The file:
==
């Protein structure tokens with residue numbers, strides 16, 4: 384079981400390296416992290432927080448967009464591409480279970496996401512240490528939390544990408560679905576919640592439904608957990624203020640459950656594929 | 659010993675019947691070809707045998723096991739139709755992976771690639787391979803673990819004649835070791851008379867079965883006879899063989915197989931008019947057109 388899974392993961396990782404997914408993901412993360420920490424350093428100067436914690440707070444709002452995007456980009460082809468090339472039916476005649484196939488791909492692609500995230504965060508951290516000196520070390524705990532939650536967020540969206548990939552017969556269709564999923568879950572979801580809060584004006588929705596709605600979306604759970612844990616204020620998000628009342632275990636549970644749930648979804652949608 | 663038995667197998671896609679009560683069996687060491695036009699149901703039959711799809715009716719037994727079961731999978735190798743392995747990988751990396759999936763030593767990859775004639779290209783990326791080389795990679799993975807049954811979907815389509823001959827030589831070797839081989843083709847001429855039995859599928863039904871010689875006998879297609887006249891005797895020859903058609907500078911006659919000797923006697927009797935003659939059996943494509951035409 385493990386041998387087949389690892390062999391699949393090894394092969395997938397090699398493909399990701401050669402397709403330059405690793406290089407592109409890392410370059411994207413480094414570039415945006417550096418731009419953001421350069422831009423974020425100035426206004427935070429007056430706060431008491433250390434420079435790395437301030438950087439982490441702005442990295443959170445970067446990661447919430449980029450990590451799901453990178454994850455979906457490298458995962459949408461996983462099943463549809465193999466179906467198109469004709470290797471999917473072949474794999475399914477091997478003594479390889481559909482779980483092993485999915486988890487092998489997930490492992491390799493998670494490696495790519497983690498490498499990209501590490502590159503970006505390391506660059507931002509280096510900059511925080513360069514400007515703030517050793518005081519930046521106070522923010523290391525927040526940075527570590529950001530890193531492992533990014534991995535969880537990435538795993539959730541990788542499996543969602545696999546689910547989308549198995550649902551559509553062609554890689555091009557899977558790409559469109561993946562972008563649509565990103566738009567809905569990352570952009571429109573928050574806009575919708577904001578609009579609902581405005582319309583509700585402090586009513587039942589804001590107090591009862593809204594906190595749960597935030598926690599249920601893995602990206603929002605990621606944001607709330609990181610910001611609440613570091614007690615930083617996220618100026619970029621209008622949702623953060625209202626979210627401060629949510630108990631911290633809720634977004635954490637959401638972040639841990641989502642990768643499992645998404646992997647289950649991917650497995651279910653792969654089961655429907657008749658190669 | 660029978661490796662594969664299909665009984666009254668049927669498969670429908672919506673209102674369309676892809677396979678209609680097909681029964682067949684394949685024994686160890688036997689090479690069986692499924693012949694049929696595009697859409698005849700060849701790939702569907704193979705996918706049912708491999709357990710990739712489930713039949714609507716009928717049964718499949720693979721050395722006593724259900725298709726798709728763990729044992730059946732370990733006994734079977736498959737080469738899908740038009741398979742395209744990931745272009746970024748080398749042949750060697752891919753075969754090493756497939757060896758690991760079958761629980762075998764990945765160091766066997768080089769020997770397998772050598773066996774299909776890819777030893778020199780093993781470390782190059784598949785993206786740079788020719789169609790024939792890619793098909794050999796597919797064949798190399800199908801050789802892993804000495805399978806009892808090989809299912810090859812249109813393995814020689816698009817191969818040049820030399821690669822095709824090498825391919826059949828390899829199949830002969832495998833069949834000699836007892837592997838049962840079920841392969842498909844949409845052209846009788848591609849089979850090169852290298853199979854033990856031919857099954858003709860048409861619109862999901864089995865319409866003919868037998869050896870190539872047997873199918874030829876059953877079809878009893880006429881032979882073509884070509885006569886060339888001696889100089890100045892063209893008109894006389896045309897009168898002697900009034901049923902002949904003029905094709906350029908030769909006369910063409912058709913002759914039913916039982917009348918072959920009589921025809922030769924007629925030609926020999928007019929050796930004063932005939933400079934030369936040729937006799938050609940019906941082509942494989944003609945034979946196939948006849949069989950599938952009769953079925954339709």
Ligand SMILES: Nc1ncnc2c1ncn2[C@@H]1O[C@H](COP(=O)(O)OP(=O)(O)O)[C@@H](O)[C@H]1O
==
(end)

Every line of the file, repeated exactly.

């Protein structure tokens with residue numbers, strides 16, 4: 384079981400390296416992290432927080448967009464591409480279970496996401512240490528939390544990408560679905576919640592439904608957990624203020640459950656594929 | 659010993675019947691070809707045998723096991739139709755992976771690639787391979803673990819004649835070791851008379867079965883006879899063989915197989931008019947057109 388899974392993961396990782404997914408993901412993360420920490424350093428100067436914690440707070444709002452995007456980009460082809468090339472039916476005649484196939488791909492692609500995230504965060508951290516000196520070390524705990532939650536967020540969206548990939552017969556269709564999923568879950572979801580809060584004006588929705596709605600979306604759970612844990616204020620998000628009342632275990636549970644749930648979804652949608 | 663038995667197998671896609679009560683069996687060491695036009699149901703039959711799809715009716719037994727079961731999978735190798743392995747990988751990396759999936763030593767990859775004639779290209783990326791080389795990679799993975807049954811979907815389509823001959827030589831070797839081989843083709847001429855039995859599928863039904871010689875006998879297609887006249891005797895020859903058609907500078911006659919000797923006697927009797935003659939059996943494509951035409 385493990386041998387087949389690892390062999391699949393090894394092969395997938397090699398493909399990701401050669402397709403330059405690793406290089407592109409890392410370059411994207413480094414570039415945006417550096418731009419953001421350069422831009423974020425100035426206004427935070429007056430706060431008491433250390434420079435790395437301030438950087439982490441702005442990295443959170445970067446990661447919430449980029450990590451799901453990178454994850455979906457490298458995962459949408461996983462099943463549809465193999466179906467198109469004709470290797471999917473072949474794999475399914477091997478003594479390889481559909482779980483092993485999915486988890487092998489997930490492992491390799493998670494490696495790519497983690498490498499990209501590490502590159503970006505390391506660059507931002509280096510900059511925080513360069514400007515703030517050793518005081519930046521106070522923010523290391525927040526940075527570590529950001530890193531492992533990014534991995535969880537990435538795993539959730541990788542499996543969602545696999546689910547989308549198995550649902551559509553062609554890689555091009557899977558790409559469109561993946562972008563649509565990103566738009567809905569990352570952009571429109573928050574806009575919708577904001578609009579609902581405005582319309583509700585402090586009513587039942589804001590107090591009862593809204594906190595749960597935030598926690599249920601893995602990206603929002605990621606944001607709330609990181610910001611609440613570091614007690615930083617996220618100026619970029621209008622949702623953060625209202626979210627401060629949510630108990631911290633809720634977004635954490637959401638972040639841990641989502642990768643499992645998404646992997647289950649991917650497995651279910653792969654089961655429907657008749658190669 | 660029978661490796662594969664299909665009984666009254668049927669498969670429908672919506673209102674369309676892809677396979678209609680097909681029964682067949684394949685024994686160890688036997689090479690069986692499924693012949694049929696595009697859409698005849700060849701790939702569907704193979705996918706049912708491999709357990710990739712489930713039949714609507716009928717049964718499949720693979721050395722006593724259900725298709726798709728763990729044992730059946732370990733006994734079977736498959737080469738899908740038009741398979742395209744990931745272009746970024748080398749042949750060697752891919753075969754090493756497939757060896758690991760079958761629980762075998764990945765160091766066997768080089769020997770397998772050598773066996774299909776890819777030893778020199780093993781470390782190059784598949785993206786740079788020719789169609790024939792890619793098909794050999796597919797064949798190399800199908801050789802892993804000495805399978806009892808090989809299912810090859812249109813393995814020689816698009817191969818040049820030399821690669822095709824090498825391919826059949828390899829199949830002969832495998833069949834000699836007892837592997838049962840079920841392969842498909844949409845052209846009788848591609849089979850090169852290298853199979854033990856031919857099954858003709860048409861619109862999901864089995865319409866003919868037998869050896870190539872047997873199918874030829876059953877079809878009893880006429881032979882073509884070509885006569886060339888001696889100089890100045892063209893008109894006389896045309897009168898002697900009034901049923902002949904003029905094709906350029908030769909006369910063409912058709913002759914039913916039982917009348918072959920009589921025809922030769924007629925030609926020999928007019929050796930004063932005939933400079934030369936040729937006799938050609940019906941082509942494989944003609945034979946196939948006849949069989950599938952009769953079925954339709």
Ligand SMILES: Nc1ncnc2c1ncn2[C@@H]1O[C@H](COP(=O)(O)OP(=O)(O)O)[C@@H](O)[C@H]1O